With nearly two decades’ experience in healthcare, Advanced Practice Nurse Tang Ping Sin specialises in palliative care at St Luke’s Hospital, where she continues to be dedicated to patient-centred care, offering solace, empathy and support to those facing life-limiting diseases.
WHAT INSPIRED YOU TO TRANSITION INTO PALLIATIVE CARE AFTER MANY YEARS IN DIFFERENT SPECIALITIES?
I was praying for an open door through which I could contribute more and make an impact on more people’s lives, and out of curiosity I first took up the challenge of palliative care with a role at Assisi Hospice in 2020 for over a year. I realised then that I could make a significant contribution to the lives of patients and their loved ones, to journey with them till the last, giving the patients relief from their symptoms, and guiding the family members on how to care for their loved ones.
Someone once told me, “There is only one chance to make it right”, so if we can give our best care to patients and their families during this phase, it will make a great difference to the family members who will live on with a better memory of their loved ones.
CAN YOU SHARE SOME EXAMPLES OF SERIOUS ILLNESSES, IN ADDITION TO CANCER, THAT YOU HAVE EXPERIENCE CARING FOR IN A PALLIATIVE CARE SETTING? WHAT STRATEGIES DO YOU USE TO MANAGE PAIN AND OTHER SYMPTOMS?
Other serious illnesses that I have come across are advanced dementia, advanced Parkinson’s disease, end-stage heart failure, end-stage renal failure, advanced chronic obstructive pulmonary disease, and neuromuscular disease, to name a few.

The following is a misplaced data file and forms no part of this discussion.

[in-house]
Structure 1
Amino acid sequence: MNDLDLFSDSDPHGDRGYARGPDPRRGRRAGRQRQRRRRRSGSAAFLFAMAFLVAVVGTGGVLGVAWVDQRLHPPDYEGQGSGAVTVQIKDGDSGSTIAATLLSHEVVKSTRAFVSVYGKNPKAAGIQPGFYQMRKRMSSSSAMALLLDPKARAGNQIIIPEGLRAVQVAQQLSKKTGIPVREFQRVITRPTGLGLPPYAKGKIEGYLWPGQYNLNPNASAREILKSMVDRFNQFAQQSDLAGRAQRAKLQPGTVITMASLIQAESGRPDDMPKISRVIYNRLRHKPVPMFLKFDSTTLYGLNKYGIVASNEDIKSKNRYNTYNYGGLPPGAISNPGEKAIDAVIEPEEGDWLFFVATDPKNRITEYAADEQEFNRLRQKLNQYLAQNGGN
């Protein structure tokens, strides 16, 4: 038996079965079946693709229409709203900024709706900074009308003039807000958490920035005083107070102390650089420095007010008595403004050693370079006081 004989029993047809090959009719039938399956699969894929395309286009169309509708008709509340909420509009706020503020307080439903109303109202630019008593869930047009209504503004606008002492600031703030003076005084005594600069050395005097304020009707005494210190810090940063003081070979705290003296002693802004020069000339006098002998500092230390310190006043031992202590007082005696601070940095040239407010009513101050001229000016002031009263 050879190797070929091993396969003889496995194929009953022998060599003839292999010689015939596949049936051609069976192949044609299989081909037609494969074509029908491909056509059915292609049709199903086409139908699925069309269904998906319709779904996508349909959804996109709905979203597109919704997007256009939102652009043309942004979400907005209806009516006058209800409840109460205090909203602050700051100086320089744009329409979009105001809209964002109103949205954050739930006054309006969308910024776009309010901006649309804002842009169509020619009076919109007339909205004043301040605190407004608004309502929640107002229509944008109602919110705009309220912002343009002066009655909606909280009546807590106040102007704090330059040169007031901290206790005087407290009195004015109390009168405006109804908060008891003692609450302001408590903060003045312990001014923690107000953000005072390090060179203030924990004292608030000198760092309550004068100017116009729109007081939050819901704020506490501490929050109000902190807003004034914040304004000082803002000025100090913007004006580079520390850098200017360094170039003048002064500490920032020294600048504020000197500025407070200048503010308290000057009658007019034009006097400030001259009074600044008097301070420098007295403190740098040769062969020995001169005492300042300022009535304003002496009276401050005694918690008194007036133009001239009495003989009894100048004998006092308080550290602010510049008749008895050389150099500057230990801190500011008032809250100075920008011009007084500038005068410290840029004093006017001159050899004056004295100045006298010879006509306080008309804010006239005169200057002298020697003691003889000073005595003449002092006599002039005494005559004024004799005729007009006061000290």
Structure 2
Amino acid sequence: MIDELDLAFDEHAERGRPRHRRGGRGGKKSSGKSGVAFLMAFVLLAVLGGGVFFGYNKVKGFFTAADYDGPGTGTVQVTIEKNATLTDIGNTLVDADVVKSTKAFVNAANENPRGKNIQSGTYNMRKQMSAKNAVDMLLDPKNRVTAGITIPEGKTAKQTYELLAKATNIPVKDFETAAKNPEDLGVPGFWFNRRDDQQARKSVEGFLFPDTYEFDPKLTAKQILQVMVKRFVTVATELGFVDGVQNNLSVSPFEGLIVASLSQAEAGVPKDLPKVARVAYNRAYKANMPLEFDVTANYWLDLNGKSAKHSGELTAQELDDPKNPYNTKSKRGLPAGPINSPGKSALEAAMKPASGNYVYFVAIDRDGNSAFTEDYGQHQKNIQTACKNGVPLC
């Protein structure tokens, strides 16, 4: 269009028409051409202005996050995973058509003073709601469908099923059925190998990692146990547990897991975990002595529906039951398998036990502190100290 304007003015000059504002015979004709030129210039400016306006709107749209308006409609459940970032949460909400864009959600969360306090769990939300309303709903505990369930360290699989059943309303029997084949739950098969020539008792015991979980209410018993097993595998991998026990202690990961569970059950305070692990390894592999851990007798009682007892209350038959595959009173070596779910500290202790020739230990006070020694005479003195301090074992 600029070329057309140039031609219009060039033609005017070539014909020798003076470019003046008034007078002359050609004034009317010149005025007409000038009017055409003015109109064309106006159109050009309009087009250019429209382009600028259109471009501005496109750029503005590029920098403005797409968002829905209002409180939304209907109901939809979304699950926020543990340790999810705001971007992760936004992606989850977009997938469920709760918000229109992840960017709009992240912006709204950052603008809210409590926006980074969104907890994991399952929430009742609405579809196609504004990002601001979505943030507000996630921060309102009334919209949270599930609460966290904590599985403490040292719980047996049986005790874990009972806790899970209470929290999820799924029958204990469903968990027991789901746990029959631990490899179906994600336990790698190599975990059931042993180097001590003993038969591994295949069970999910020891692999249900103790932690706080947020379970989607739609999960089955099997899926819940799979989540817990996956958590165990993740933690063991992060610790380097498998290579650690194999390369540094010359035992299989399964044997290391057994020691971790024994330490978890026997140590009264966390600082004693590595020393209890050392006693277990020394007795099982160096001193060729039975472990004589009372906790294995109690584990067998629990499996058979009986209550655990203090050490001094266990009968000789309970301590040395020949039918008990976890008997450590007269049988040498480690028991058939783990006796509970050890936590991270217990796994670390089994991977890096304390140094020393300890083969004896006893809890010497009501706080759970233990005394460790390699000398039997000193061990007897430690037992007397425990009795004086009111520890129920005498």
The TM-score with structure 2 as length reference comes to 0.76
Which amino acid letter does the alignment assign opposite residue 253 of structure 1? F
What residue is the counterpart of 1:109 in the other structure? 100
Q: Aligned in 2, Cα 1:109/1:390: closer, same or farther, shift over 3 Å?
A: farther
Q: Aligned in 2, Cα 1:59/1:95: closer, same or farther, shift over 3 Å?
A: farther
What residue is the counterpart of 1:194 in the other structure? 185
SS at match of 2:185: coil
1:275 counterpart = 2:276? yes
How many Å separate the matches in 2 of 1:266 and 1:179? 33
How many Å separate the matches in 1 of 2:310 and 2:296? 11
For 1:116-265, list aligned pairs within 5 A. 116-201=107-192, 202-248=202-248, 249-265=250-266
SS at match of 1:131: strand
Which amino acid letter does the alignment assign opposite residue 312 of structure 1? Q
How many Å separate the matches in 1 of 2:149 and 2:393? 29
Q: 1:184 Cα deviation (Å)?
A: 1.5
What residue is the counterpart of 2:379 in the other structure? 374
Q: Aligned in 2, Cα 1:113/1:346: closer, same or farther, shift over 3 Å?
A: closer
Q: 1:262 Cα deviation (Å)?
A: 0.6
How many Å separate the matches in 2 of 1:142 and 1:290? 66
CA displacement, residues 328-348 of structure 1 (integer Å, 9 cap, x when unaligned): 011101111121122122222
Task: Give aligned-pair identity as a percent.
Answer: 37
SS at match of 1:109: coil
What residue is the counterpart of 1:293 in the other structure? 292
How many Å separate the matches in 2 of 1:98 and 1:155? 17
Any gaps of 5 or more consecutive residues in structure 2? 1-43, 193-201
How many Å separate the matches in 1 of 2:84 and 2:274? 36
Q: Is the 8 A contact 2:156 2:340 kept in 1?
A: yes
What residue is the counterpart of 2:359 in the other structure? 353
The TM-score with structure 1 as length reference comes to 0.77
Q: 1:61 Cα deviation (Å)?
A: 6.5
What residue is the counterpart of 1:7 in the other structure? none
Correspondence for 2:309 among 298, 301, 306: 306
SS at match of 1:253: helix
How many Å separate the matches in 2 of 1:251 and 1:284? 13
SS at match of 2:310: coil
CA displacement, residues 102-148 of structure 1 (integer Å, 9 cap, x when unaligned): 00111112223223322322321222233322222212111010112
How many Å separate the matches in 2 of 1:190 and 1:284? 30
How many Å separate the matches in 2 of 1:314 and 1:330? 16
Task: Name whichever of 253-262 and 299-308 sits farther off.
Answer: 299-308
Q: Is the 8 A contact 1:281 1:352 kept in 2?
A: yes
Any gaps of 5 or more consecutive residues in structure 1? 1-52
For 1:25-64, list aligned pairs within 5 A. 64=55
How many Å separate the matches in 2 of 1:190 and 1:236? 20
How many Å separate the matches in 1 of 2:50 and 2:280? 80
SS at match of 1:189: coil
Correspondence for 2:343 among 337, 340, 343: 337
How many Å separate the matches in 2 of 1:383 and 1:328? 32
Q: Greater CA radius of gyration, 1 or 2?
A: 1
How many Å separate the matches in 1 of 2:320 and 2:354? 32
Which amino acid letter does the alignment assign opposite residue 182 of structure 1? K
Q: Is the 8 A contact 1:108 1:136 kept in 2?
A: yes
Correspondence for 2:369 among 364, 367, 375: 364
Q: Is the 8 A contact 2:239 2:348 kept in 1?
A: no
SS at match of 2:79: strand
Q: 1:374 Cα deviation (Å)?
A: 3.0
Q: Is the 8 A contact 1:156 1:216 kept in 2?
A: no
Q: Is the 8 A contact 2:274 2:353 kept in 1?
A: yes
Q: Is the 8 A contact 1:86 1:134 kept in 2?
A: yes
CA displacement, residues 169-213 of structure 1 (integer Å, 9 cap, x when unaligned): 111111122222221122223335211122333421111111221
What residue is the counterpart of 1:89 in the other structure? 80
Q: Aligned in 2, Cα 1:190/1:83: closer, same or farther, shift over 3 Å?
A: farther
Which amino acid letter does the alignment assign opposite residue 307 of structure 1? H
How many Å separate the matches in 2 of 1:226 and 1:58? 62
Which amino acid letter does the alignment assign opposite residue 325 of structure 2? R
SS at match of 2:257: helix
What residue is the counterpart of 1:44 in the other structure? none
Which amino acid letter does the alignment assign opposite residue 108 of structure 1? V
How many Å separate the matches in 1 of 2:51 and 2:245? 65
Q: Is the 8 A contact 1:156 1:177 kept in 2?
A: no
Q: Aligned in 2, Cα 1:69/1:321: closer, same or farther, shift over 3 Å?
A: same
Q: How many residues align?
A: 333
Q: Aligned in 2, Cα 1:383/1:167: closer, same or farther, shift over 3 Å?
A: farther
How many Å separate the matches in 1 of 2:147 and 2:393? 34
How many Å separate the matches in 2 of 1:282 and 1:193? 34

The gold standard for managing those symptoms is to identify their root cause and deal with it, whether through pharmacological means or not. There is no one-size-fits-all solution; every patient’s care is dependent on their needs.
TO WHAT EXTENT IS TAKING CARE OF A NON-CANCER PATIENT DIFFERENT? WHAT UNIQUE CHALLENGES DO CAREGIVERS FACE?
Taking care of a non-cancer patient comprises managing chronic illness with added-on end-of-life symptom management such as pain, breathlessness, delirium, psychosocial issues, and emotional and spiritual pain, to name a few.
HOW WOULD YOU GUIDE PATIENTS AND CAREGIVERS WHO MAY BE UNCERTAIN AS TO THE RIGHT TIME FOR PALLIATIVE CARE?
I would advise them to initiate the conversation with their primary physician and to share the type of care they need to continue with the life they want.
WHAT ARE SOME DIFFICULTIES YOU FACE AS A PALLIATIVE CARE NURSE? WHAT KEEPS YOU GOING?
One challenge is compassion fatigue. In the palliative care setting, as part of the palliative care team, we are constantly taking care of seriously ill or dying patients and witnessing the pain, trauma, and suffering experienced by both patients and their caregivers.
The many levels of stress can cause us compassion fatigue, but I’m blessed to have the support of the great team and leadership at St Luke’s Hospital. I find it meaningful to continue serving in this “mission field” and that’s what keeps me going.
AT THE END OF A WORK DAY, WHAT DOES A JOB WELL DONE LOOK LIKE FOR YOU?
The whole team’s aim is to address the loved ones and their family members’ concerns, and for them to have a good closure.
WHAT DOES “LIVE WELL. LEAVE WELL.” MEAN TO YOU?
To me, “Live Well” means to obey His will on earth, and “Leave Well” means to complete the race faithfully and run into His arms.
Photos: St Luke’s Hospital